Everybody would like to be a bit healthier and library book borrowers are no exception. Breath: The New Science of a Lost Art by James Nestor was published in paperback last year but still remains popular. Possibly as it’s something we can all have a go at and it doesn’t involve buying any equipment.  The top title from our Practical Parenting collection continues to be Philippa Perry’s The Book You Wish Your Parents Had Read: (And Your Children Will Be Glad That You Did).

Whilst research argues that reading classic novels instead of self-help books can boost brain power and improve your quality of life, our philosophy and psychology collections are as popular as ever.  Four thousand weeks: time and how to use it by Oliver Burkeman was the big hit of the year and 2018’s Atomic Habits: An Easy & Proven Way to Build Good Habits & Break Bad Ones continued to hold strong.


Travel is back on board!
Front cover The Rough Guide to Portugal
Front cover: The Rough Guide to Portugal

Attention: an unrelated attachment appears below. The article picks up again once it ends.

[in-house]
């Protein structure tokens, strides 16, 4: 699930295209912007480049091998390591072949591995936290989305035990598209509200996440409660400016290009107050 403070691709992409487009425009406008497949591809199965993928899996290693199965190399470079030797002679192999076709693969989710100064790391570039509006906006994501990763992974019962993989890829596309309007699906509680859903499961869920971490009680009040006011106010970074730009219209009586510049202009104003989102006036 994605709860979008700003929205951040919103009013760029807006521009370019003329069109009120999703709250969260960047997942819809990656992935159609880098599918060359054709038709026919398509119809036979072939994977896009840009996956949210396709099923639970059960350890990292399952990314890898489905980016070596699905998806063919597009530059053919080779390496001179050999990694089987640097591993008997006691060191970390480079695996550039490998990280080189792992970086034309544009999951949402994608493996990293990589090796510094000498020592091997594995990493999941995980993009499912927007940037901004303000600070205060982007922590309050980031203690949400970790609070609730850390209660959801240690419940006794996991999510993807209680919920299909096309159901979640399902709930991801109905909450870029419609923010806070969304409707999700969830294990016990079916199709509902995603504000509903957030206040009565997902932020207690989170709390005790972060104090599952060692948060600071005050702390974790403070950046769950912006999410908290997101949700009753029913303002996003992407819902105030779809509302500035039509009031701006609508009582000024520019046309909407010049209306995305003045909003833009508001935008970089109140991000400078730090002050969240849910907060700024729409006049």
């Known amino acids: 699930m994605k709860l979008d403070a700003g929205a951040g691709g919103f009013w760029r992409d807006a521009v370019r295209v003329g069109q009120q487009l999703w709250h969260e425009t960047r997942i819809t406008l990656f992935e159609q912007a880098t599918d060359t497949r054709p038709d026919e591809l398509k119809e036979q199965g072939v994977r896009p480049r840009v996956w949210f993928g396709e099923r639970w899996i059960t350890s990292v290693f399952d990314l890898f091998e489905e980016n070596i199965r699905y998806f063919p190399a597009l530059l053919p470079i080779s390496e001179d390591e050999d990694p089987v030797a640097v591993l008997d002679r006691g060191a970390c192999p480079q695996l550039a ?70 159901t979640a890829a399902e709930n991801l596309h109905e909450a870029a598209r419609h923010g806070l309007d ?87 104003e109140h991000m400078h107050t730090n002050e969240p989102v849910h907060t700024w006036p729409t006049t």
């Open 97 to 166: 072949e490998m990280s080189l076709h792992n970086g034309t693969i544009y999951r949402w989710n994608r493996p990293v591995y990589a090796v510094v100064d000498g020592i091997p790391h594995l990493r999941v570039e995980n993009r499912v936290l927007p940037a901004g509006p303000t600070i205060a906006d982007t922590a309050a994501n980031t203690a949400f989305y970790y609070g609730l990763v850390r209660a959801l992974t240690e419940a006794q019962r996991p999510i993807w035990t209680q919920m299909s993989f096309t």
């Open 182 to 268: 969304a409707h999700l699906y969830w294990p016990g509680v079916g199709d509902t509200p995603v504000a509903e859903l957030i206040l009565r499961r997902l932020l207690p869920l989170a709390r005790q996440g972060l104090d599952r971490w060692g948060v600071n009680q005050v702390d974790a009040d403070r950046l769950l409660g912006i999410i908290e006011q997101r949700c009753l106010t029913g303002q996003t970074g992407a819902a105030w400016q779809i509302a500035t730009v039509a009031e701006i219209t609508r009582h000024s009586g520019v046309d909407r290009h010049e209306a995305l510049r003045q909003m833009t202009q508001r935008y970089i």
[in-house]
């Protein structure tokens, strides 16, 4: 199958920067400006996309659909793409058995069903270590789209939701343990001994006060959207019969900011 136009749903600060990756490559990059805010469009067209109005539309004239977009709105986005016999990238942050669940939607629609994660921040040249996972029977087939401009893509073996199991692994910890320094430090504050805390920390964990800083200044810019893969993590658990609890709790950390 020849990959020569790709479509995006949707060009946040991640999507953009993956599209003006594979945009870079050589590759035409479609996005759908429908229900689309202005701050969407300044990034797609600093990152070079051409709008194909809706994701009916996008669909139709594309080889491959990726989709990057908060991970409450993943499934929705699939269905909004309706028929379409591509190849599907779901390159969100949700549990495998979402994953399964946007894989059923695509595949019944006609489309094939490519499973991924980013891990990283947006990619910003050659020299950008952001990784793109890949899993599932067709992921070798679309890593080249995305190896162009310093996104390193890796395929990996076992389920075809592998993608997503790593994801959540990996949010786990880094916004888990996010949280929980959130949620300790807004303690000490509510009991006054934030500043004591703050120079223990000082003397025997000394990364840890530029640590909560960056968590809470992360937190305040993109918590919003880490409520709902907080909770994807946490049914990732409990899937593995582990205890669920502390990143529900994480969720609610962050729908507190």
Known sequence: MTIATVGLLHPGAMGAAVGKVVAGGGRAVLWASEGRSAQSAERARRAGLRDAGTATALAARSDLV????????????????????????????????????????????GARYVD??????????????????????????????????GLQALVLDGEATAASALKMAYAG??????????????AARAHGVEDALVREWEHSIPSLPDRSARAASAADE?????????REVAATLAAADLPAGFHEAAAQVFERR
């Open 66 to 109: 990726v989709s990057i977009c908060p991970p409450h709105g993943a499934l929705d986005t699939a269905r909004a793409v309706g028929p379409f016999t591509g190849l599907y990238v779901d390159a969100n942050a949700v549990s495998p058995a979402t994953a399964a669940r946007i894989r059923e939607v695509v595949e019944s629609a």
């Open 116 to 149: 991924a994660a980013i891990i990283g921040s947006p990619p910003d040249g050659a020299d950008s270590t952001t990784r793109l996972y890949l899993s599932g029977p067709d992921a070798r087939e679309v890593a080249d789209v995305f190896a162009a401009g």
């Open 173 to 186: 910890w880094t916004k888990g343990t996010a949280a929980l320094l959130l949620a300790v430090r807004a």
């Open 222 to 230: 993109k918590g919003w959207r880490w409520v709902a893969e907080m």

Front cover Lonely Planet Croatia
Front cover: Lonely Planet Croatia

Although more of a necessity than a choice travel guides are the most popular section of Richmond’s non-fiction collections, but the pandemic changed that. In normal times library travel resources are on planes, in suitcases, up mountains, in hotels, and then they make their way back to the library to do it all again.

Richmond’s libraries issued over 37,000 travel books and maps in 2019, but not in 2020. Most travel books were grounded and library shelves were overflowing with Lonely Planets and Rough Guides, and that’s not where they’re supposed to be. Just under 10,000 travel related items, predominantly items relating to the UK, made it out to the outside world in 2020, . In 2021 it was a similar story as many of us once again chose to staycate.